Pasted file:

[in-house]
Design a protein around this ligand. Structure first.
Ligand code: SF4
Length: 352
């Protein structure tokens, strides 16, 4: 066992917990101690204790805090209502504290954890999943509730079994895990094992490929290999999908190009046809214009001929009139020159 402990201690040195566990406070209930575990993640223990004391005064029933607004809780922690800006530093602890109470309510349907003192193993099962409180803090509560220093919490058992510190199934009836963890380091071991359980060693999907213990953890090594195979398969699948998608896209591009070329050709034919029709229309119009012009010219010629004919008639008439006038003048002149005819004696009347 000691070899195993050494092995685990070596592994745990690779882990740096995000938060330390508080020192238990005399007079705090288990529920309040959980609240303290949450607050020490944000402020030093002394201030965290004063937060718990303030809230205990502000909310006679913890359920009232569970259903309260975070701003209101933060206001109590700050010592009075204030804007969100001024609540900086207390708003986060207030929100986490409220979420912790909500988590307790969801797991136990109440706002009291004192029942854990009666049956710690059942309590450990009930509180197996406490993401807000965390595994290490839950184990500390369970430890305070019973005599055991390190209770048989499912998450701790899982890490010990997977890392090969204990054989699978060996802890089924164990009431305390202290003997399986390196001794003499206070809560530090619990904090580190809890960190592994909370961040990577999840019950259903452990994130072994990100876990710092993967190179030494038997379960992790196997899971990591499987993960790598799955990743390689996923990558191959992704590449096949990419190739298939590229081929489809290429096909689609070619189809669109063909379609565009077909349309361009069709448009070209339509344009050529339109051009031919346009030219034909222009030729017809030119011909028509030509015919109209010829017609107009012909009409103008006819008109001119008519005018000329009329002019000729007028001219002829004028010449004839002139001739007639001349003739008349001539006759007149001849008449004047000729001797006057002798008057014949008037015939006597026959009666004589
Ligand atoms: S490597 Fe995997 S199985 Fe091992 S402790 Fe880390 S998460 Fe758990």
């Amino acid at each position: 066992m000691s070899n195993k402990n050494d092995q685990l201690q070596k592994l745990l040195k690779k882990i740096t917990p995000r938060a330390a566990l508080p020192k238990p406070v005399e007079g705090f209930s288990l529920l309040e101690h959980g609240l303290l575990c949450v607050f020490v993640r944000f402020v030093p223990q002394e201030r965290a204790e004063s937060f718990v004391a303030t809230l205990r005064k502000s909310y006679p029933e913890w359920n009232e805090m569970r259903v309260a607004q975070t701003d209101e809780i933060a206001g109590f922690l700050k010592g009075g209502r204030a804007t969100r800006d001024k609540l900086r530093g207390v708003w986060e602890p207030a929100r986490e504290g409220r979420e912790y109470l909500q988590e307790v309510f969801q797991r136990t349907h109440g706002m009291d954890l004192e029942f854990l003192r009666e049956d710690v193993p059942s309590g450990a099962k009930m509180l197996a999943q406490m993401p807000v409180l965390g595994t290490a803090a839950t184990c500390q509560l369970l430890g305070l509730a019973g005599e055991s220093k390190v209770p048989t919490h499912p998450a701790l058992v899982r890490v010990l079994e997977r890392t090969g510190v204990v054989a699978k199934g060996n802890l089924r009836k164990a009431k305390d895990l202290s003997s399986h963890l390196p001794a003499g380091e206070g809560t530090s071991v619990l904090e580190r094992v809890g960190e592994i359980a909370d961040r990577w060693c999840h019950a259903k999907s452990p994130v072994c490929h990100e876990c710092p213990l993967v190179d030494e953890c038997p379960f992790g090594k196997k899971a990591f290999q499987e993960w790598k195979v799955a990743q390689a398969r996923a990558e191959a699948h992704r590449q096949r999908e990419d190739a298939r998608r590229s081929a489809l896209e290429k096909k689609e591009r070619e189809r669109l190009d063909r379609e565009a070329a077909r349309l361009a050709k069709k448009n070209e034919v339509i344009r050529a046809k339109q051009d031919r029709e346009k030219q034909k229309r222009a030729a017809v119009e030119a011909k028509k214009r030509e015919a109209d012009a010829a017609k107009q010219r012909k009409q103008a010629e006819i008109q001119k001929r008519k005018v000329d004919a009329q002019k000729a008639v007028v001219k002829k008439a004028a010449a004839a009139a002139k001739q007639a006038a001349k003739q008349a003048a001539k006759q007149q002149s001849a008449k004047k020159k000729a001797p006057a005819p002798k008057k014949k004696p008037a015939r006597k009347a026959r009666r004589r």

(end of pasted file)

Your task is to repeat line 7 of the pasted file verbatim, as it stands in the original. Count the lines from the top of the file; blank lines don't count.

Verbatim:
């Amino acid at each position: 066992m000691s070899n195993k402990n050494d092995q685990l201690q070596k592994l745990l040195k690779k882990i740096t917990p995000r938060a330390a566990l508080p020192k238990p406070v005399e007079g705090f209930s288990l529920l309040e101690h959980g609240l303290l575990c949450v607050f020490v993640r944000f402020v030093p223990q002394e201030r965290a204790e004063s937060f718990v004391a303030t809230l205990r005064k502000s909310y006679p029933e913890w359920n009232e805090m569970r259903v309260a607004q975070t701003d209101e809780i933060a206001g109590f922690l700050k010592g009075g209502r204030a804007t969100r800006d001024k609540l900086r530093g207390v708003w986060e602890p207030a929100r986490e504290g409220r979420e912790y109470l909500q988590e307790v309510f969801q797991r136990t349907h109440g706002m009291d954890l004192e029942f854990l003192r009666e049956d710690v193993p059942s309590g450990a099962k009930m509180l197996a999943q406490m993401p807000v409180l965390g595994t290490a803090a839950t184990c500390q509560l369970l430890g305070l509730a019973g005599e055991s220093k390190v209770p048989t919490h499912p998450a701790l058992v899982r890490v010990l079994e997977r890392t090969g510190v204990v054989a699978k199934g060996n802890l089924r009836k164990a009431k305390d895990l202290s003997s399986h963890l390196p001794a003499g380091e206070g809560t530090s071991v619990l904090e580190r094992v809890g960190e592994i359980a909370d961040r990577w060693c999840h019950a259903k999907s452990p994130v072994c490929h990100e876990c710092p213990l993967v190179d030494e953890c038997p379960f992790g090594k196997k899971a990591f290999q499987e993960w790598k195979v799955a990743q390689a398969r996923a990558e191959a699948h992704r590449q096949r999908e990419d190739a298939r998608r590229s081929a489809l896209e290429k096909k689609e591009r070619e189809r669109l190009d063909r379609e565009a070329a077909r349309l361009a050709k069709k448009n070209e034919v339509i344009r050529a046809k339109q051009d031919r029709e346009k030219q034909k229309r222009a030729a017809v119009e030119a011909k028509k214009r030509e015919a109209d012009a010829a017609k107009q010219r012909k009409q103008a010629e006819i008109q001119k001929r008519k005018v000329d004919a009329q002019k000729a008639v007028v001219k002829k008439a004028a010449a004839a009139a002139k001739q007639a006038a001349k003739q008349a003048a001539k006759q007149q002149s001849a008449k004047k020159k000729a001797p006057a005819p002798k008057k014949k004696p008037a015939r006597k009347a026959r009666r004589r």